Bolt Food says anti-competitive behaviour forced it to scrap deliveries in South Africa

Bolt says anti-competitive behaviour in the food delivery space led it to scrap its Bolt Food service, the Sunday Times reports.

The company says dominant competitors often have exclusive arrangements with restaurants, prohibiting them from delivering to customers through other food delivery services.

Andrew Ihsaan Gasnolar, head of public policy at Bolt, said the competition alluded to the issue in its market inquiry into online intermediary platforms.

“Our submission to the commission sought to highlight challenges in the food delivery space,” Sunday Times quoted Gasnolar as saying.

“The commission … found dominant players had arrangements that meant certain service providers, which account for the bulk of food delivery in the country, had exclusive arrangements with them.”

In its market enquiry report, the Competition Commission said there was reason to believe that some features of online intermediation platforms could be considered anti-competitive.

It instructed several companies, including Uber Eats, Mr D Food, and Bolt, to revise their business practices.

In its provisional report on the Online Platforms Market Inquiry, the Competition Commission recommended that food delivery services must end any incentives offered to restaurants to steer volumes their way.

It also found that food delivery apps used a business model with substantial promotions combined with high restaurant commission fees, resulting in hefty surcharges on menu items that aren’t always clear to customers.

“The inquiry provisionally recommends greater transparency on either the menu surcharge or the share taken by the delivery platforms,” it said.

Gasnolar said Bolt will focus on its short-trip and last-mile parcel delivery services following the scrapping of Bolt Food.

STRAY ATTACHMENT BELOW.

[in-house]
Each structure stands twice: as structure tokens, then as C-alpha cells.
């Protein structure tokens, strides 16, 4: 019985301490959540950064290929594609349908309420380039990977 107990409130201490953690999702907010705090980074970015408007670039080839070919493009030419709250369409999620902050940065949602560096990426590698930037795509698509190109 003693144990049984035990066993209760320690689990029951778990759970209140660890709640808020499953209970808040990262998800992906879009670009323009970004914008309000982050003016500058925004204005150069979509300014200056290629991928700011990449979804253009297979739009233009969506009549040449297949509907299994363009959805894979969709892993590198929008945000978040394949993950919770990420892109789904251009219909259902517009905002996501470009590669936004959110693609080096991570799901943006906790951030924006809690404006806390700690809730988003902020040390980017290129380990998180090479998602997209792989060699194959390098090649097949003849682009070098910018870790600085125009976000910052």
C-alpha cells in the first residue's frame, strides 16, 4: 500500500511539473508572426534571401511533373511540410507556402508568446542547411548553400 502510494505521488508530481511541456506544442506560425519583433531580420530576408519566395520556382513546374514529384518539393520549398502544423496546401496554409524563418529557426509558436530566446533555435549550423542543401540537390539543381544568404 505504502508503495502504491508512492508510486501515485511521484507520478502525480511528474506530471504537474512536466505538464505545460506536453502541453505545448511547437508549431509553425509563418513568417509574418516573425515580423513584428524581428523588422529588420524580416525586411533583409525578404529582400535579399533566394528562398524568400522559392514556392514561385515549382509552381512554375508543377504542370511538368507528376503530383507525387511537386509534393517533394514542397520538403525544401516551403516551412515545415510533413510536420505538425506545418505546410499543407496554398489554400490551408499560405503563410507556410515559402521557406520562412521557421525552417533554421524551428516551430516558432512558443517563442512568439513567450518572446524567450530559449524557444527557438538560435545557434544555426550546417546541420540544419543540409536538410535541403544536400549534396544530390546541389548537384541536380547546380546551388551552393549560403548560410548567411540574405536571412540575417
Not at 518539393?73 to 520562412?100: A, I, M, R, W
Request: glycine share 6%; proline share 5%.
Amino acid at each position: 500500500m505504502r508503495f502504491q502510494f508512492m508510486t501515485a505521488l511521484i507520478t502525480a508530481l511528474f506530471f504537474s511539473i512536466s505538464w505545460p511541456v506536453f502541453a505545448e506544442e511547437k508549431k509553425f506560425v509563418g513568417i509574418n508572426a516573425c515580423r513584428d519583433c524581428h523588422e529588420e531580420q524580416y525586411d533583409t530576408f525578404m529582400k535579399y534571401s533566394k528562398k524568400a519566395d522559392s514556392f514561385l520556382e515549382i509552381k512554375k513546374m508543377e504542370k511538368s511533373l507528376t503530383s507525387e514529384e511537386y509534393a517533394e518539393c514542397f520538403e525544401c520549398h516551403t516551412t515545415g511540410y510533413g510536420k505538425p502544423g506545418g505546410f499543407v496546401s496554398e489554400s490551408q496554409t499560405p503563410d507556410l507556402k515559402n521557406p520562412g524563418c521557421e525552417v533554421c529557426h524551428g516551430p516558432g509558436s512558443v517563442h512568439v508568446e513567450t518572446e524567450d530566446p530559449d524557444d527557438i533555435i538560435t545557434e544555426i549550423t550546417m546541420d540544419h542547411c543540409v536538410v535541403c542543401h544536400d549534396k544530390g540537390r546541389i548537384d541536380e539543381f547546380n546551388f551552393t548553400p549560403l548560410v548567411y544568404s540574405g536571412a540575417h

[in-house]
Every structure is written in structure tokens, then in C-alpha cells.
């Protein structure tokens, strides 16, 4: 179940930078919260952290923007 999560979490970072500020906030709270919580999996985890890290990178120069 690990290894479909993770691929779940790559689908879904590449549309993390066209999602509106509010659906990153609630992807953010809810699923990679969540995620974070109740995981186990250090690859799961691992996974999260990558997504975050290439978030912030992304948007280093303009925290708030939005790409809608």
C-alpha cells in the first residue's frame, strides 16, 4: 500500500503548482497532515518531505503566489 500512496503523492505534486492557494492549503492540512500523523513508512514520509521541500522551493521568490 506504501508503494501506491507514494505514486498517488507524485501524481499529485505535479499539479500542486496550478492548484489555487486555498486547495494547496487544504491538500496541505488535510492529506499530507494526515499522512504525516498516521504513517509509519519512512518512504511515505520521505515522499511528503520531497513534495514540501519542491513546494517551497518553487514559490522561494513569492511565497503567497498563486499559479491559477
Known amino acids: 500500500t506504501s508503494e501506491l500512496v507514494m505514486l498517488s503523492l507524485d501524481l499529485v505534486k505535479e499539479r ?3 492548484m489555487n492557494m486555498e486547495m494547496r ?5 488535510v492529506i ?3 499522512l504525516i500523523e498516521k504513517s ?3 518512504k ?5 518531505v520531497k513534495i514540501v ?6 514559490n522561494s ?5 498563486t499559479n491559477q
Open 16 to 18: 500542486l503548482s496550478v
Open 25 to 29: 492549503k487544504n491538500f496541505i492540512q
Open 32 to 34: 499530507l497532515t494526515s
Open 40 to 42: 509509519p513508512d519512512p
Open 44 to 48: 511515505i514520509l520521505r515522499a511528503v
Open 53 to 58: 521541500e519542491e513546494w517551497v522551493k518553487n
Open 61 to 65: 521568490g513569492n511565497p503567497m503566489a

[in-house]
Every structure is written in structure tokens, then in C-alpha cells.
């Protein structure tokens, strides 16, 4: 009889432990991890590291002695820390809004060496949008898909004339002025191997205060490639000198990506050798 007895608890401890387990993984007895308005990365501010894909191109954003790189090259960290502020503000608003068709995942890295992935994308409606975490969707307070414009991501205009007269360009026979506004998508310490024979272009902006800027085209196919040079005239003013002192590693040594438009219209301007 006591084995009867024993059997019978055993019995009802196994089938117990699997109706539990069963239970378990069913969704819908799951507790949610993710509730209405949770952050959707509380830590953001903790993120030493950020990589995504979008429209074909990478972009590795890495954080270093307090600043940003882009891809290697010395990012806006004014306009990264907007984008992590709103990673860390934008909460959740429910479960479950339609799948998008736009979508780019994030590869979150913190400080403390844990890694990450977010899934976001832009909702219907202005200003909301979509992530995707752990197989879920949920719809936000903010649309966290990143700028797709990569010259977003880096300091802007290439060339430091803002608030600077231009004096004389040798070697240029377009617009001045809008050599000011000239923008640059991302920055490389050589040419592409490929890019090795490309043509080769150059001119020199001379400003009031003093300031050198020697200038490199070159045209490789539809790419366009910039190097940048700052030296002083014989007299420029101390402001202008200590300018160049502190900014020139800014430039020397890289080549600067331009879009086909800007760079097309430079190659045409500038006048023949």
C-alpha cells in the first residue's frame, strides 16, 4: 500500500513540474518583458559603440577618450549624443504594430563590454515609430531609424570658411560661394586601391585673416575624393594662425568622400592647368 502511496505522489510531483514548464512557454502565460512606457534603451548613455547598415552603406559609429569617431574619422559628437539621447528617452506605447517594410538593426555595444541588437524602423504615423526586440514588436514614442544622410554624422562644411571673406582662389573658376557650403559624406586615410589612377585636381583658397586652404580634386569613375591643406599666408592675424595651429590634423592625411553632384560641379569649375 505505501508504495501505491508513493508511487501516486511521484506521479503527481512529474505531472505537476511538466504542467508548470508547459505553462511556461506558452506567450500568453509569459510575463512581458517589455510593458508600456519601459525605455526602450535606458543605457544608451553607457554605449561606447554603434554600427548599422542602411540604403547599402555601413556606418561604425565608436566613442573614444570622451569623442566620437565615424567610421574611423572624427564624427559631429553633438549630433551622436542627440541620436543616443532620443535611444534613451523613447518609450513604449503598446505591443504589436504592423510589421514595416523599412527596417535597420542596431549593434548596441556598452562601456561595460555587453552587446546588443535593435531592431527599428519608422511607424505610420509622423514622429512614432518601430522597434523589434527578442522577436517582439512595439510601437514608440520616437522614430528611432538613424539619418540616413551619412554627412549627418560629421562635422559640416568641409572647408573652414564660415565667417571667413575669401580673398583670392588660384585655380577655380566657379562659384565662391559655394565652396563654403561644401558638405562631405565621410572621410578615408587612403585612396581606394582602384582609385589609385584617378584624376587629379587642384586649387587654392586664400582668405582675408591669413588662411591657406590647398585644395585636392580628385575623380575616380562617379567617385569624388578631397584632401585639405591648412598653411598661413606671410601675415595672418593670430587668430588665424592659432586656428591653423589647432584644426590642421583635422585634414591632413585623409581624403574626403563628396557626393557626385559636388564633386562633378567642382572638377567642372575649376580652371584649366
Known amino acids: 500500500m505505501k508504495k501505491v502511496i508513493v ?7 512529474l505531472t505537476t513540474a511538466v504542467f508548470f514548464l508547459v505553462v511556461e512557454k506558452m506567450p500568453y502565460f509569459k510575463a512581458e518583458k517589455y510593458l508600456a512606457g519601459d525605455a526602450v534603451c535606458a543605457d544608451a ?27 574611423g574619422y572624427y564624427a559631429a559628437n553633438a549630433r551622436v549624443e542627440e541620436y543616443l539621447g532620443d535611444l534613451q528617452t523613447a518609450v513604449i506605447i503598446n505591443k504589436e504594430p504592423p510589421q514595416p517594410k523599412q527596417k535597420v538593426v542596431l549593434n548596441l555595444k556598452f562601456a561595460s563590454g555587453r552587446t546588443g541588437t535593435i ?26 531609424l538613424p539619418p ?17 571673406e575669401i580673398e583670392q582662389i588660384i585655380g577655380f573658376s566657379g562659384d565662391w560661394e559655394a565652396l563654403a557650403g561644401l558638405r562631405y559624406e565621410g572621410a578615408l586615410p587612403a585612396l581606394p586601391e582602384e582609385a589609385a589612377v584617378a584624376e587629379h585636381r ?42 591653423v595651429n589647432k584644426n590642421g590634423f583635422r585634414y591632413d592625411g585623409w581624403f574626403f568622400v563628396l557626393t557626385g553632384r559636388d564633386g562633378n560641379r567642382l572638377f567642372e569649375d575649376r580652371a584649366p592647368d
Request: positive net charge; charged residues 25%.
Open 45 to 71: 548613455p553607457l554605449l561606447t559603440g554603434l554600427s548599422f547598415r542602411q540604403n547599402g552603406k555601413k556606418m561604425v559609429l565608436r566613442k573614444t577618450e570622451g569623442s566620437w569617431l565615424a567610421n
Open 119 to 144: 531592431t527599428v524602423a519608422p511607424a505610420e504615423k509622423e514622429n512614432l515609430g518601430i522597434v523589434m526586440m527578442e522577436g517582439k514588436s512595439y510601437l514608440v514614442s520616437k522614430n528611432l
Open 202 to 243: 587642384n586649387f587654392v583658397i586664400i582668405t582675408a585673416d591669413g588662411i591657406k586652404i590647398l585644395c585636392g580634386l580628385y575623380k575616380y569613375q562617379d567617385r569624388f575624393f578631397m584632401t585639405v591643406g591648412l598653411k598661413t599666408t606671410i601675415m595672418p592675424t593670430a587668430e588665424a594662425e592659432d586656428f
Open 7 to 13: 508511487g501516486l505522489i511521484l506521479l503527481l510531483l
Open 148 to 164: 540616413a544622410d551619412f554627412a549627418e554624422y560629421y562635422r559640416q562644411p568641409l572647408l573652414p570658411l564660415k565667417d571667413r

Bolt Food courier

He said it will also introduce electric bike and scooter offerings to its platform.

“We had to make the very difficult decision over the past year of … closing the food delivery business in South Africa. So for the next month or so, we are going to be managing that arrangement with restaurants on our platform [so] that the off-boarding process is seamless,” he said.

Bolt confirmed that it was shutting down its food delivery service — Bolt Food — in South Africa in early November 2023.

“At this time, we have made the difficult decision to discontinue our food delivery operations in South Africa due to business reasons,” a Bolt spokesperson told MyBroadband.

“The decision to exit this market is necessary to streamline our resources and maximise our overall efficiency as a company.”

Bolt Food will stop taking customer orders in the country on 8 December 2023.

The ride-hailing company launched Bolt Food in South Africa, beginning with Cape Town, in April 2020.

It expanded to Johannesburg 18 months later after reaching 800 restaurants in Cape Town. It initially offered deliveries from 300 restaurant partners in Johannesburg.

In October 2021, James Townsend-Rose, Bold Food country manager, said the platform would expand to other South African cities within months, targeting Pretoria and Durban as its next service areas.

However, Bolt shifted its goals and told MyBroadband that it had big plans to build Bolt Food to a point where it is competitive with Mr D Food and Uber Eats.

This included expanding the service to all 23 cities and towns where its ride-hailing service was operating at the time.

Now read: X takes on LinkedIn with job searching tool

Latest news

Partner Content

Show comments


Share this article
Bolt Food says anti-competitive behaviour forced it to scrap deliveries in South Africa